MiVT: Sisters of Anarchy Ice Cream
At Fisher Brothers Farm in Shelburne, Bob Clark is making the rounds, checking in on his yummy yellow raspberries.
"Super sweet, allows you to do a lot of things with it. With a little cooking, a little mixture with other things, it really just makes a fantastic product," Clark said.
Bob and his wife, Becky Castle, have been selling it for four years, naming the business after their three daughters.
Becky Castle: We've always thought that they kind of colored outside of the lines and were just a little intense and crazy.
Bob Clark: Not a little intense. Really intense.
Becky Castle: OK, they're really intense and crazy.
Making Sisters of Anarchy Ice Cream isn't just a nine-to-five job. It involves a lot of overtime just to come up with the flavors and their names.
"Ice cream should be so fun," Castle said. "So, we like to make the names fun and have oblique references to things. Basically, you're not going to be able to tell what any our flavors are just by looking at the flavor name."
Names like Dirty Ann, Snap and Black Velvet. But by looking at their descriptions, you'll see that most contain fruit grown here.
"The number one factor, I think, in our ice cream is getting the fruit right and how you handle, harvest and take care of it," Clark said.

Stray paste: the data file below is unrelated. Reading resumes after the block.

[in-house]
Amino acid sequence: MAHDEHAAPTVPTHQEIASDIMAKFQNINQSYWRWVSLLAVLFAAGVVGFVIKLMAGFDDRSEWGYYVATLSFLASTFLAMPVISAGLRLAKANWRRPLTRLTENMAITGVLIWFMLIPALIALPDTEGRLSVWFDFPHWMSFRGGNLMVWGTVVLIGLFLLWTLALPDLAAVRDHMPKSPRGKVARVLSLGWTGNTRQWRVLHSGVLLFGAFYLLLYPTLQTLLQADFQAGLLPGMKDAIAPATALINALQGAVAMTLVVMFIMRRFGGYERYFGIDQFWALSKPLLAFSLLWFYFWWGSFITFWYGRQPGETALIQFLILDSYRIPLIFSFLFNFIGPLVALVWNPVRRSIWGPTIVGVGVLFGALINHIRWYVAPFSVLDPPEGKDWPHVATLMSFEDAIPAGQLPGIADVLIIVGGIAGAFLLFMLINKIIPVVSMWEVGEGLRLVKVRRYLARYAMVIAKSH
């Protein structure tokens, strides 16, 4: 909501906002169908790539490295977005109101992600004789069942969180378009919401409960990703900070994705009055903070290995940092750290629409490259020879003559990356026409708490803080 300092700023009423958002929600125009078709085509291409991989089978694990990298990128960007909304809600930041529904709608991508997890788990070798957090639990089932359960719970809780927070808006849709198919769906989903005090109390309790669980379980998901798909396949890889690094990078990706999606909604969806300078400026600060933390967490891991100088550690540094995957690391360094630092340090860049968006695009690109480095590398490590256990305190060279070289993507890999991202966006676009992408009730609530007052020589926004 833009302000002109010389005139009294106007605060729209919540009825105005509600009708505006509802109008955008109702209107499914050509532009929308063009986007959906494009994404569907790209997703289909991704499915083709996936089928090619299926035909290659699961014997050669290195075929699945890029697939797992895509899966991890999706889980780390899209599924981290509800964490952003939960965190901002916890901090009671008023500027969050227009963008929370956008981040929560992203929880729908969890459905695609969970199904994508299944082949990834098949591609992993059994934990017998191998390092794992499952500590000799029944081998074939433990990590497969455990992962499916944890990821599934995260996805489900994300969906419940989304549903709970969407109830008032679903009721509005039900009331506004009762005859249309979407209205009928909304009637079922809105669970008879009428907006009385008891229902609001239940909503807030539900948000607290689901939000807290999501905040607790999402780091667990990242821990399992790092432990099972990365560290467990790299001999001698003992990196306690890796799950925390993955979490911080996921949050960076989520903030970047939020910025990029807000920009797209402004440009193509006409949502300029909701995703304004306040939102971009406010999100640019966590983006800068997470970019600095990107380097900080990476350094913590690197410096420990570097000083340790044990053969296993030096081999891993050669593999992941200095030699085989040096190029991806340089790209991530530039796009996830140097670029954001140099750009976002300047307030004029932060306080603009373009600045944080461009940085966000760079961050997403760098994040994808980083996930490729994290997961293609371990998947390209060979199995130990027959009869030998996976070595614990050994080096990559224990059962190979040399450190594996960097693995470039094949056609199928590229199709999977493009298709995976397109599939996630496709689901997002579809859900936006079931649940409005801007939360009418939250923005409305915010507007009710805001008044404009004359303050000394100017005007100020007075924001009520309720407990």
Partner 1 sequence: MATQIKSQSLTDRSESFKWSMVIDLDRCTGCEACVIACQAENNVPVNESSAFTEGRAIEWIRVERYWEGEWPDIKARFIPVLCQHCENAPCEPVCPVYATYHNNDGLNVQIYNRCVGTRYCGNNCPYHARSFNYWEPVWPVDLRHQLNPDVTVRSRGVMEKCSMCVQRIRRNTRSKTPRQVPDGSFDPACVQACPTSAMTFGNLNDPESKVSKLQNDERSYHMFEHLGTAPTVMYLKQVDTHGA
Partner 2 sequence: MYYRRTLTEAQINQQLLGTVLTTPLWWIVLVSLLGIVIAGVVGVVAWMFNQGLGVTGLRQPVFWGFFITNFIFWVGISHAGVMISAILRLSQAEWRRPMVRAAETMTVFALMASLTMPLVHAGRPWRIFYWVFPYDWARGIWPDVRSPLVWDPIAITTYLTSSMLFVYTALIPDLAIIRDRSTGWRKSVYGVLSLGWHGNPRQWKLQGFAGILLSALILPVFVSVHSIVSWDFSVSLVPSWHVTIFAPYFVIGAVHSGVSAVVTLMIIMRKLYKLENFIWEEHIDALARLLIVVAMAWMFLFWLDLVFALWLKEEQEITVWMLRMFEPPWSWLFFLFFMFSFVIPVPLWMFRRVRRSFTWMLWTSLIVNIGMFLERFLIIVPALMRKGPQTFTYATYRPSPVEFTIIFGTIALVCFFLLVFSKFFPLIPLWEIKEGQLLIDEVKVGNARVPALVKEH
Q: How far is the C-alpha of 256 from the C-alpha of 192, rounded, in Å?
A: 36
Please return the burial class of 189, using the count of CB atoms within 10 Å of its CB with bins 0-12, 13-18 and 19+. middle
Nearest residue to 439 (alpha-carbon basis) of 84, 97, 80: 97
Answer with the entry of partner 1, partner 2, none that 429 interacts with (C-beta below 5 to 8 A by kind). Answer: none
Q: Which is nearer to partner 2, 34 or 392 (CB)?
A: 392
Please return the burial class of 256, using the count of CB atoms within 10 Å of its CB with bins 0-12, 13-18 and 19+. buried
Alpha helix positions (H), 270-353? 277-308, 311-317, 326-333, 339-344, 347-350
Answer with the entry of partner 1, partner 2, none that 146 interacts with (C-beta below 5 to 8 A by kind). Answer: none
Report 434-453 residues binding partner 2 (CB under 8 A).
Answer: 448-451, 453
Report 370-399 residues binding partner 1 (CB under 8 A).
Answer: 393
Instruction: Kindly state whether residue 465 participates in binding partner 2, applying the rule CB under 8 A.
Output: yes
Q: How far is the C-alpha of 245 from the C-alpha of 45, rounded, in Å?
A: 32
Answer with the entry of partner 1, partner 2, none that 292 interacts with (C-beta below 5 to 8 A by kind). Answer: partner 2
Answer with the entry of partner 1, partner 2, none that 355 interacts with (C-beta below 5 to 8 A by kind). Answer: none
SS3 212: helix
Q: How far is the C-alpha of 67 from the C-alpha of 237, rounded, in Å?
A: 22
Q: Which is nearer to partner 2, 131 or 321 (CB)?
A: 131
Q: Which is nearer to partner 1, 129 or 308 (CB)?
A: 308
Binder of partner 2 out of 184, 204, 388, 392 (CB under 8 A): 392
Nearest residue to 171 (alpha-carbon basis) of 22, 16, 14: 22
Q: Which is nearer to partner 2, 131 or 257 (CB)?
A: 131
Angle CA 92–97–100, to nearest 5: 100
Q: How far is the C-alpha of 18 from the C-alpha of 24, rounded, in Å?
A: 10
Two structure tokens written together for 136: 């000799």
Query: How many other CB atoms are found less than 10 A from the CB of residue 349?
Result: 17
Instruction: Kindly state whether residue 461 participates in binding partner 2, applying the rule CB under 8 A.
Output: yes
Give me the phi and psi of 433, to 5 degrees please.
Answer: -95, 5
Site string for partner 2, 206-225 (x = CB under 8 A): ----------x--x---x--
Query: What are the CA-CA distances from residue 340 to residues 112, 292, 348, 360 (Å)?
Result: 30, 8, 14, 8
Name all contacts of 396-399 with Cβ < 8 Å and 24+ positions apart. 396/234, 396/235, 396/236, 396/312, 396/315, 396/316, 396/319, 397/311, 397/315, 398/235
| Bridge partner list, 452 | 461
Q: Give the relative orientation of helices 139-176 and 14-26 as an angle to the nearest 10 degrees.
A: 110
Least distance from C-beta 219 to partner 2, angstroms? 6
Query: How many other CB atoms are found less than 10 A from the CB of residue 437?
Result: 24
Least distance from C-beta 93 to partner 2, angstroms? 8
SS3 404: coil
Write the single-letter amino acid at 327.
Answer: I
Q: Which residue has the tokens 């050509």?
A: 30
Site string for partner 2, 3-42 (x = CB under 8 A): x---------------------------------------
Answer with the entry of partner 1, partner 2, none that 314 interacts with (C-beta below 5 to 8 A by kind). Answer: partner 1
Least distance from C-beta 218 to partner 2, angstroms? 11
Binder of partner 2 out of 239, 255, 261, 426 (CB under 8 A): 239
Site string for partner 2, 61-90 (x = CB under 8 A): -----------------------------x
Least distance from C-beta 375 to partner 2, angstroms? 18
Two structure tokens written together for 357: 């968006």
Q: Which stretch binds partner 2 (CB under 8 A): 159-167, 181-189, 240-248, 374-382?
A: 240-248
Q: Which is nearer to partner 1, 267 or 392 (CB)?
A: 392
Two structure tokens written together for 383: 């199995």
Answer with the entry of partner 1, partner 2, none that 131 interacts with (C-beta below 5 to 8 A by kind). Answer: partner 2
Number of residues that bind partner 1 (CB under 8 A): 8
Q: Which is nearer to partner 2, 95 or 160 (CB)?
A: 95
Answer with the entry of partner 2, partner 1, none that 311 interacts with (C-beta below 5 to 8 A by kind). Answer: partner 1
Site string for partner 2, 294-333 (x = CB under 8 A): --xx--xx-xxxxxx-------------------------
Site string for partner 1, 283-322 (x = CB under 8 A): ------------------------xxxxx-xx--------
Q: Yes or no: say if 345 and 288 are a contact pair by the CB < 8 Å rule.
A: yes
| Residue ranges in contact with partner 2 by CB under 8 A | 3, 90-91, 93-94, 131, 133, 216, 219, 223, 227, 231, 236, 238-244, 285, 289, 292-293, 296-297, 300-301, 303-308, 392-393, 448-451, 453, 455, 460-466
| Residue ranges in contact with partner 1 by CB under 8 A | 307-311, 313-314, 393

Sisters of Anarchy Ice Cream isn't just available at shows or by visiting Fisher Brothers Farm. You can now get it online.
"It's pretty exciting because we can ship all over the country. We've already been doing some mail order and so far the results have been awesome. The product arrives totally frozen. So, it's great," Castle said.
While pints cost a little more online, you can buy them at the farm for $8.50 and $4.50 for a scoop at a show or farmers market.
"There's a few premium ice cream brands out there, but I feel like our product is so unique because we are growing all the flavor elements," Castle said. "So, we want to become the premium ice cream, basically, nationwide. You think that's fair?"
"Oh, that's totally fair," Clark replied.
Berry farmers mixing together ice cream with names as unique as the flavors.